Bear sealer knows bruins inside and out

Posted: Sunday, June 29, 2003

FAIRBANKS - Tony Hollis can tell a lot about a bear just by looking at its hide, teeth, nose and ears.

The big black bear that Roger Piek brought in on a recent morning, for example, had several scars on its nose, including a fresh one in the form of a small hole on the end of its snout.

"This one has been fighting this year already," Hollis said, examining the small wound. "It's pretty common to see scars on faces."

Hollis turned his attention to the bear's mouth. While Piek estimated the bear's age at 6, Hollis said it was considerably older.

"I'd say somewhere closer to 15," Hollis speculated, checking the bear's teeth.

"Really?" Piek said.

"Yep, look at his teeth," Hollis said, propping up the bear's skinned skull. "He's missing a tooth in the front here and they're all busted up back here," Hollis said, examining the bear's molars.

As a wildlife technician and head bear sealer for the Alaska Department of Fish and Game, Hollis gets to check out his fair share of bear hides and skulls.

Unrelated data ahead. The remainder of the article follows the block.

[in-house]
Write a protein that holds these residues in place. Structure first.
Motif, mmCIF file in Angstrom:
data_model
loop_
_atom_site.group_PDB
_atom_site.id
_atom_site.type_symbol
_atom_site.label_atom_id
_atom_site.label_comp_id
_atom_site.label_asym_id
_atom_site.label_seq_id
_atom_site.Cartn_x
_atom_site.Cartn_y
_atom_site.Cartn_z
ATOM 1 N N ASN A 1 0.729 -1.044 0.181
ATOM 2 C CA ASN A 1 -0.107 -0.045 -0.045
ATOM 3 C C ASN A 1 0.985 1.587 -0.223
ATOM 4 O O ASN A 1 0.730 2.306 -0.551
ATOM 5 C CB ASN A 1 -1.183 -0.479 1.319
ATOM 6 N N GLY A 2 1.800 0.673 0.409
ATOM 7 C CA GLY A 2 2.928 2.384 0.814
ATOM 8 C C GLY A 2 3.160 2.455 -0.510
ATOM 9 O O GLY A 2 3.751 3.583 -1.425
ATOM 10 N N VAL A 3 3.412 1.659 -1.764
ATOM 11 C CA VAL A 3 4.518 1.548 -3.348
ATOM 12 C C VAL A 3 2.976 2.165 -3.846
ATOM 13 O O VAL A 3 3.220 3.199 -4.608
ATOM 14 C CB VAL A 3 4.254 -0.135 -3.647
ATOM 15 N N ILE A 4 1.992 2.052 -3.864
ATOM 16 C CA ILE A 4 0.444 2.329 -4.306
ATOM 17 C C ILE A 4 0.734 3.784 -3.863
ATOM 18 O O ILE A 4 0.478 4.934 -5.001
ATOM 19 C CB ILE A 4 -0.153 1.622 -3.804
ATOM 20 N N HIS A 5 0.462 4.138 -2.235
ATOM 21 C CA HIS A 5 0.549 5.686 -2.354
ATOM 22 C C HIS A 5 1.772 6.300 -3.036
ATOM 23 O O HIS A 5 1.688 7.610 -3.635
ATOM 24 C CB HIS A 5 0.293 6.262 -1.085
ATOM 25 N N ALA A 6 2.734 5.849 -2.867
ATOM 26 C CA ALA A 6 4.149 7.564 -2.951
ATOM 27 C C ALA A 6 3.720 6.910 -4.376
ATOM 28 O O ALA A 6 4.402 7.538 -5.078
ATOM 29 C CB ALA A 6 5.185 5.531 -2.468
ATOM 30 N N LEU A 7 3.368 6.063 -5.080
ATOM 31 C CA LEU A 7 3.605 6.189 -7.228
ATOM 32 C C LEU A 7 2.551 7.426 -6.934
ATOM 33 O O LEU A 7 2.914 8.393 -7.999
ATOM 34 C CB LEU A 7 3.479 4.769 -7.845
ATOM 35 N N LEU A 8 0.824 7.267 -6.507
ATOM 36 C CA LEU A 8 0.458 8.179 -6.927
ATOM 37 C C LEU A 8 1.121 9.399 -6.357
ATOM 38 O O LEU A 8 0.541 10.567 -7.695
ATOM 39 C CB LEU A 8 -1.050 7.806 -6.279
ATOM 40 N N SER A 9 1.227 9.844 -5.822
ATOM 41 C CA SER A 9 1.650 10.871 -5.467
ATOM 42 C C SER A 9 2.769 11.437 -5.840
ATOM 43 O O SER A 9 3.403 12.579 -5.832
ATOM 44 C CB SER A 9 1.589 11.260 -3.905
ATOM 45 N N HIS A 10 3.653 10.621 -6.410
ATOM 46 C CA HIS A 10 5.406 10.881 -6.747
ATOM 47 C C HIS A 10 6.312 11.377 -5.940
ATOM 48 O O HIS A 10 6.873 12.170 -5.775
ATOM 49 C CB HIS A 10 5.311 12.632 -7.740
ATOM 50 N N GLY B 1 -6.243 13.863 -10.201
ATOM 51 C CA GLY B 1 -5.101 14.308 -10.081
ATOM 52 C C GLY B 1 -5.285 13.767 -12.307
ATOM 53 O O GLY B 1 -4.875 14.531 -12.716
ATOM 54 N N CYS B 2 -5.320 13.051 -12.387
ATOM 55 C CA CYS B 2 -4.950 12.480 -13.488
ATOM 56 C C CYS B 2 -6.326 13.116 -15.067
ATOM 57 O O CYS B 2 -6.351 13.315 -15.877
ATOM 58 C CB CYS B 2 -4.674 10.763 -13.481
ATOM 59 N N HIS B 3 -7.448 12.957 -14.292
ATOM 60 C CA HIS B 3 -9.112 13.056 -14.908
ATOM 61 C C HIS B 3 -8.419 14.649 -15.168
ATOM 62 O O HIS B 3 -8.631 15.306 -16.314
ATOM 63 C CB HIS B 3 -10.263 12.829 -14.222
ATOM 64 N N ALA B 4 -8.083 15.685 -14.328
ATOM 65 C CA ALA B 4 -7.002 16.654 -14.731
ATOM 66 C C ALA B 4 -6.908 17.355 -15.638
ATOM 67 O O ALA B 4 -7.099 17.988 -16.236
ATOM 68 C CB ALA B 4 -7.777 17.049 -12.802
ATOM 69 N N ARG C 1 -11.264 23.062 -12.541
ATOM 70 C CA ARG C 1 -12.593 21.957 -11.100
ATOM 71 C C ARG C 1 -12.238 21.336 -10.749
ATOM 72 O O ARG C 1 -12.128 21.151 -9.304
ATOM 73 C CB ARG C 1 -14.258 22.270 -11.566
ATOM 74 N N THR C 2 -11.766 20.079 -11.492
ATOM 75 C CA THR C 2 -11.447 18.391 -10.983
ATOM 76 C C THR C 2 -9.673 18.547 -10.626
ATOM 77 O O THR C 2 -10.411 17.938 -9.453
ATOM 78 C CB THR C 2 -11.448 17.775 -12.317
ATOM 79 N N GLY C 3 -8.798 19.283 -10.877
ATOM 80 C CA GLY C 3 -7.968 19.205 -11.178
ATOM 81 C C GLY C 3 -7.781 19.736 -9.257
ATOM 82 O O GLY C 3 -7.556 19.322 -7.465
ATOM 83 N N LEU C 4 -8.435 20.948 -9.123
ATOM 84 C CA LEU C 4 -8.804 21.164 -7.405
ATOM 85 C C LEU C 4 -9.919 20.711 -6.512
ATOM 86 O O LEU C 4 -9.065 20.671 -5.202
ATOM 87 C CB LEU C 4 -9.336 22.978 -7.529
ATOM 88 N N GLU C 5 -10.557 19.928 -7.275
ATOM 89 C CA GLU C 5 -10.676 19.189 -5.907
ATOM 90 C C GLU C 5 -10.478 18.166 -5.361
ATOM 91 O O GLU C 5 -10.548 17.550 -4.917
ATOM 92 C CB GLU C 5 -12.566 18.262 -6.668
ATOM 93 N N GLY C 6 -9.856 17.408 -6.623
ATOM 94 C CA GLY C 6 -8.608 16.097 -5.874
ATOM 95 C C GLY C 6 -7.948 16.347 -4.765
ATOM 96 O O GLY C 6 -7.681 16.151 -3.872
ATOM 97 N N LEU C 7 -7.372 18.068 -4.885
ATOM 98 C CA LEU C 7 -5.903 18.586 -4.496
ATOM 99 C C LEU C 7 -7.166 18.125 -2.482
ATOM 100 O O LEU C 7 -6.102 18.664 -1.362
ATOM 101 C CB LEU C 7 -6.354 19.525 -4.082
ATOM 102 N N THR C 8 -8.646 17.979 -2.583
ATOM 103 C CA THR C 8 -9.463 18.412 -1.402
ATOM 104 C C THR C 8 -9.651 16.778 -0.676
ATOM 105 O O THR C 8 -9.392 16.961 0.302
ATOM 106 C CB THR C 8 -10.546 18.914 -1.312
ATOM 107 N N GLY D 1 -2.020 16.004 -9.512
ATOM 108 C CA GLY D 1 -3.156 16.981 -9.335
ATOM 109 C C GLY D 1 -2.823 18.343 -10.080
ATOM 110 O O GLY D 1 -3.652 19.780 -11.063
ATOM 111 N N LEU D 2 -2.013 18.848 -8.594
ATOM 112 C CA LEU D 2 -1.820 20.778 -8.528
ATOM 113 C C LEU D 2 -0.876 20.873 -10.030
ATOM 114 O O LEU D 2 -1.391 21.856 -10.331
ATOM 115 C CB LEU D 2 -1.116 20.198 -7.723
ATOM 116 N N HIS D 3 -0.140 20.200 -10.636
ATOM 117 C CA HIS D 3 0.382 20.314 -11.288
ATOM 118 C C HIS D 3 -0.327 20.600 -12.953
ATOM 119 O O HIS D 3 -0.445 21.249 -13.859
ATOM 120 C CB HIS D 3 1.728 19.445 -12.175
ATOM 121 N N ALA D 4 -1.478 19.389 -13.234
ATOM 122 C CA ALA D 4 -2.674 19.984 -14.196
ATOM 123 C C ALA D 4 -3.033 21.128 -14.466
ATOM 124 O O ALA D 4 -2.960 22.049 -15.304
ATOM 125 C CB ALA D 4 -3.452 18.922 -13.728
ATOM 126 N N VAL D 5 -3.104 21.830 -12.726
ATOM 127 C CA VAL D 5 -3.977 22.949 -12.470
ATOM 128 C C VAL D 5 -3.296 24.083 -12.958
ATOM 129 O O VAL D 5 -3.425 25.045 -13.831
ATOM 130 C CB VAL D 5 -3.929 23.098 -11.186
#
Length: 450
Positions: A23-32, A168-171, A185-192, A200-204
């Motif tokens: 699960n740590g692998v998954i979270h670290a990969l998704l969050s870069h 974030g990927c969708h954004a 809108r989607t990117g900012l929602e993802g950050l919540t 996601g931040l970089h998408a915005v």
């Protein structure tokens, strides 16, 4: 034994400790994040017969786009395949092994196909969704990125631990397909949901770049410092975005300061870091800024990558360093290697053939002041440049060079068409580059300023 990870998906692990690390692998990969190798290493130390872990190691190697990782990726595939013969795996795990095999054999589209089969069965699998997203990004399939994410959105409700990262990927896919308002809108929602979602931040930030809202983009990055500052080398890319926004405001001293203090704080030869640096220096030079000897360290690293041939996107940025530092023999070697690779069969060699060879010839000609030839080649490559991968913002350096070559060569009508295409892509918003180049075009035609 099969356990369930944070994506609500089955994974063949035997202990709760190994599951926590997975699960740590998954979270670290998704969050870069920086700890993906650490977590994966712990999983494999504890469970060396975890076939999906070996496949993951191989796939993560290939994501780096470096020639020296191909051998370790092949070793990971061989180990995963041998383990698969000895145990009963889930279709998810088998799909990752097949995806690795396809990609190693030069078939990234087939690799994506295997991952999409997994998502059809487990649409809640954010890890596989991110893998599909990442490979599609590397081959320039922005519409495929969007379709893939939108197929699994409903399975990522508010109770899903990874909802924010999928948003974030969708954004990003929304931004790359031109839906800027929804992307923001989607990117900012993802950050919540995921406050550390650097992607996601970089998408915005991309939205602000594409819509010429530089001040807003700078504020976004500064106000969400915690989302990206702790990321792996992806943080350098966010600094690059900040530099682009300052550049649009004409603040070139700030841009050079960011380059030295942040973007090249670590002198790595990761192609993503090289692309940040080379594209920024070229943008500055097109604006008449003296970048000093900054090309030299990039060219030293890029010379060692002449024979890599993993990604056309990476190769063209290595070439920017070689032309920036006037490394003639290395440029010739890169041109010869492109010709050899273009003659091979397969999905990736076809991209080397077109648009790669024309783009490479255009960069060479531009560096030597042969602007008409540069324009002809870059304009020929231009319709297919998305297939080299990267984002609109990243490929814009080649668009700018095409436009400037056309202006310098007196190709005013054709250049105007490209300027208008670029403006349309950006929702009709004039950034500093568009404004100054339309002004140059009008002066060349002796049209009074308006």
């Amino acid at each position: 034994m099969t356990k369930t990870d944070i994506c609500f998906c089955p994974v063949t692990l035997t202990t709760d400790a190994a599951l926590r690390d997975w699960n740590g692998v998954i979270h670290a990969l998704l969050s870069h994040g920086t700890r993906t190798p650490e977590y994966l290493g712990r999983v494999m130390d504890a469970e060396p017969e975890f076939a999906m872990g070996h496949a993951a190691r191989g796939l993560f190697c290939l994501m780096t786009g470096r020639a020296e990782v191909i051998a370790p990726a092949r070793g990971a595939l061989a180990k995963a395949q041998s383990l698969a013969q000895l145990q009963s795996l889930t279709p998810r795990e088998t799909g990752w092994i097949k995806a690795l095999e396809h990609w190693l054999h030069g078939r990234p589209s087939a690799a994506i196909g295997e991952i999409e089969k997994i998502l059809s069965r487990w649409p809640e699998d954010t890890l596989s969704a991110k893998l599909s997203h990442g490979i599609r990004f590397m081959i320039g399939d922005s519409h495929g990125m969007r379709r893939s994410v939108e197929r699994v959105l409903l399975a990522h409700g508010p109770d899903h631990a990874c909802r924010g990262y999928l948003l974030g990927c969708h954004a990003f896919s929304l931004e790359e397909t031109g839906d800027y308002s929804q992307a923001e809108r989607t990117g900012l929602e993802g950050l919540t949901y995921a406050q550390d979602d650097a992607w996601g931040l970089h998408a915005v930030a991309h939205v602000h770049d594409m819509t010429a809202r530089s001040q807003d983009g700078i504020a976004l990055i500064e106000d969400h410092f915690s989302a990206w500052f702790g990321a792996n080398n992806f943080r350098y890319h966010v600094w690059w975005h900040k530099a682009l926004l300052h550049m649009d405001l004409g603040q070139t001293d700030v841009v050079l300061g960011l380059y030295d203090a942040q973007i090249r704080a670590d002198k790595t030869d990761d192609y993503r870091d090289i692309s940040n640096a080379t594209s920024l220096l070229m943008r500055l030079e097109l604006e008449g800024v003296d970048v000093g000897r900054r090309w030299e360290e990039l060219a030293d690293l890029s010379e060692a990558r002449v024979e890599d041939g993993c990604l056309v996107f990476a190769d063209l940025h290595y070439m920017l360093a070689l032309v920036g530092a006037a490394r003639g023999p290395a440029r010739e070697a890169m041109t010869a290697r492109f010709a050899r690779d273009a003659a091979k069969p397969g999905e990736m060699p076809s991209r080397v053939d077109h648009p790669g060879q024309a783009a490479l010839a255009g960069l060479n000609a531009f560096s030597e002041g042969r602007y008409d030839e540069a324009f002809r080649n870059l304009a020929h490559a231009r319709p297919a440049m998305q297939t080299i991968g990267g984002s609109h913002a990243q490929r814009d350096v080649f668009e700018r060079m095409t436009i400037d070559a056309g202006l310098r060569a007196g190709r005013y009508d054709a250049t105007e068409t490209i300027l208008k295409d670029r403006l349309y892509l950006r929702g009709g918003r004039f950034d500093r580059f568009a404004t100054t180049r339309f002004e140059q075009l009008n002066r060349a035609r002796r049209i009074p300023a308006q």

Hunters who shoot a bear anywhere along the road system are required to bring the hide and skull in to be "sealed" within 30 days of the kill. The seal consists of two small, red numbered metal tags that are attached to the hide and skull. The seals must remain in place until the hide is tanned and the skull is boiled.

The requirement allows Fish and Game to keep track of bear harvest and hunting pressure along the Interior road system, where most of the hunting takes place.

"It's our one and only way of knowing what the harvest is because (hunters) don't need a harvest ticket," Hollis said.

It only takes Hollis 10 or 15 minutes to go through the entire process but he gathers a wealth of information in that short time.

Fish and Game also is able to determine the sex and ages of bears through the sealing process. Hunters are required to leave evidence of sex on the hide and a tooth is pulled to age the bear. That information is used to determine composition of males and females in the harvest.

In addition to evidence of sex, Hollis also checks for any indication that the bear has been captured by state or federal wildlife biologists, such as ear tags or tattoos.

The sealing process also gives Fish and Game an idea where hunting pressure is directed. Hunters are asked where they hunted, how they got there (i.e. four-wheeler, foot, boat, airplane, horse, etc.) and if they used bait.

The hunter, Piek, said he just got lucky. He had hiked two miles to a friend's bear bait stand off the Steese Highway and was about to shoot a smaller bear when the bigger one showed up.

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